Fortnite is Changing the Game

My little brother is one of millions of crazed Fortnite fans. His current routine involves playing the online game in his toy room with headphones in, while simultaneously watching someone else play on his iPad.

For context, he’s in primary school (it’s complicated) and he’s clearly not alone. It’s allegedly injuring elite sportspeople, being cited as a cause of divorce and doctors are saying it’s as addictive as heroin. I hear middle-aged men in suits discussing Fortnite strategy on my commute to work.

For those of you who aren’t familiar with the game, it starts with one hundred competitors dropping from a virtual flying bus onto a colourful cartoon island. The aim is to be the last one standing at the end of the “Battle Royale”. There is killing involved, but it’s not visual. There is no gory detail, which has almost certainly contributed to the game’s mass adoption.

I’m not a gamer. But as an analyst, if people are obsessing over something, then I want to know more about it.

Scale is important, but it isn’t everything

Gaming is already a big business. Generating more than $120bn in annual revenue, the global games market dwarfs the takings of Hollywood. The industry has grown more than 10% annually for the last five years and doesn’t look like it will slow down any time soon.

Shareholders of the three industry giants, Take-Two Interactive Software (Nasdaq:TTWO), Electronic Arts (Nasdaq:EA) and Activision Blizzard (Nasdaq:ATVI) have done exceptionally well. Even with the recent price falls, a five-year investment in these stocks would have returned more than 300%, 200% and 100% respectively.

And for good reason. Video games can cost upwards of $200 million to develop. They require large teams and lots of experience. This creates significant barriers to entering the industry.

Fortnite’s new business model

Fortnite is both a threat and an opportunity to the existing cabal. Epic Games created it. They’ve been around for some time, but aren’t one of the big three. That, presumably, means the barriers to entry aren’t insurmountable.

But I still think big budgets and experienced teams are likely to win the day. And the economics of these new free-to-play games are mouthwatering. Distribution is online, cutting out the margin to distributors like Gamestop (NYSE:GME), which is currently trading almost 80% lower than its 2013 highs.

And, despite being “free”, they generate bucketloads of revenue. Fortnite generated US$2.4 billion in revenue in 2018—the highest yearly takings of any video game ever. Last reported player numbers stood at 200 million, and there is speculation that there were 10 million concurrent players during a recent online concert. Revenue is generated through in-game purchases—largely costumes, which are referred to as ‘skins’.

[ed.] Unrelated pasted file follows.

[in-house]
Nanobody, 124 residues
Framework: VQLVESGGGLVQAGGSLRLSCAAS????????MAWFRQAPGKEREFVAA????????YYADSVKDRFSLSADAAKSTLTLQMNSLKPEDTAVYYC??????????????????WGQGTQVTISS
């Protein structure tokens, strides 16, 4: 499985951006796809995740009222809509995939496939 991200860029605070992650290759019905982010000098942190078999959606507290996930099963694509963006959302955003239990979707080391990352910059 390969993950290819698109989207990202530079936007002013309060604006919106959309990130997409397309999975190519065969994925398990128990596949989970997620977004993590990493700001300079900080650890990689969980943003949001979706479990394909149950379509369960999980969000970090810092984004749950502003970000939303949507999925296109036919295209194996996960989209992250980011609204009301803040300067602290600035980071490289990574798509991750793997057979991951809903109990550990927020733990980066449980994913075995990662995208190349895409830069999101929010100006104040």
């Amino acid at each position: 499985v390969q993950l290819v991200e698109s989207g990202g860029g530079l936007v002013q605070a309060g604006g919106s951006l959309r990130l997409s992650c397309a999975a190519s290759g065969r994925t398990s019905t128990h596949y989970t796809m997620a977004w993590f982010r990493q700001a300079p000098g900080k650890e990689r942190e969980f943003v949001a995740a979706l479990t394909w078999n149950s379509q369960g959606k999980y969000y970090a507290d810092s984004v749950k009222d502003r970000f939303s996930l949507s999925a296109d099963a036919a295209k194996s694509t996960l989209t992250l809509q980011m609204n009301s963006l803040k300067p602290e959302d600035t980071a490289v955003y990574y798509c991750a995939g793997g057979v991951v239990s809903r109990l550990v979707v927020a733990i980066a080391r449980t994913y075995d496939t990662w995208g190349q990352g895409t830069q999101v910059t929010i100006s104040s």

The ability to continue updating the game with new seasons (approximately every 10 weeks) means that revenue should keep flowing for years.

Big boys enter the fray

Electronic Arts recently released their own free-to-play, ‘Battle Royale’ title, Apex Legends.  

The marketing strategy for Apex Legends was very different to EA’s historical releases. For one, it was only announced within a few days of the official release date. There were no teasers or heavy public relations campaigns—the company relied on “influencers” to market the game. EA reported ten million registered users and one million concurrent players within the first 72 hours.

At the one week mark, 25 million players and two million concurrent players were announced. These numbers are significantly higher than the Fortnite launch. It’s too early to tell whether Apex Legends will be more popular than Fortnite. Or whether EA will be successful in monetising the game. What is clear, though, is that these new releases are gaining traction much faster than their predecessors.

Creating games with addictive gameplay and high skill curves, like shoot-em-up hit Halo, should continue to be a profitable business. The new free-to-play model has the potential to be even bigger. Entrenched industry players with large budgets are in a good position if they can work out how to best capitalise on current trends.

We don’t own any of the stocks mentioned, yet.

 

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Chloe Stokes
Research Analyst
Forager

Chloe joined Forager at the end of 2017 as a research analyst for the Forager International Shares Fund. She was previously employed by both KPMG and Deloitte in corporate finance roles, working on M&A advisory and restructuring engagements.

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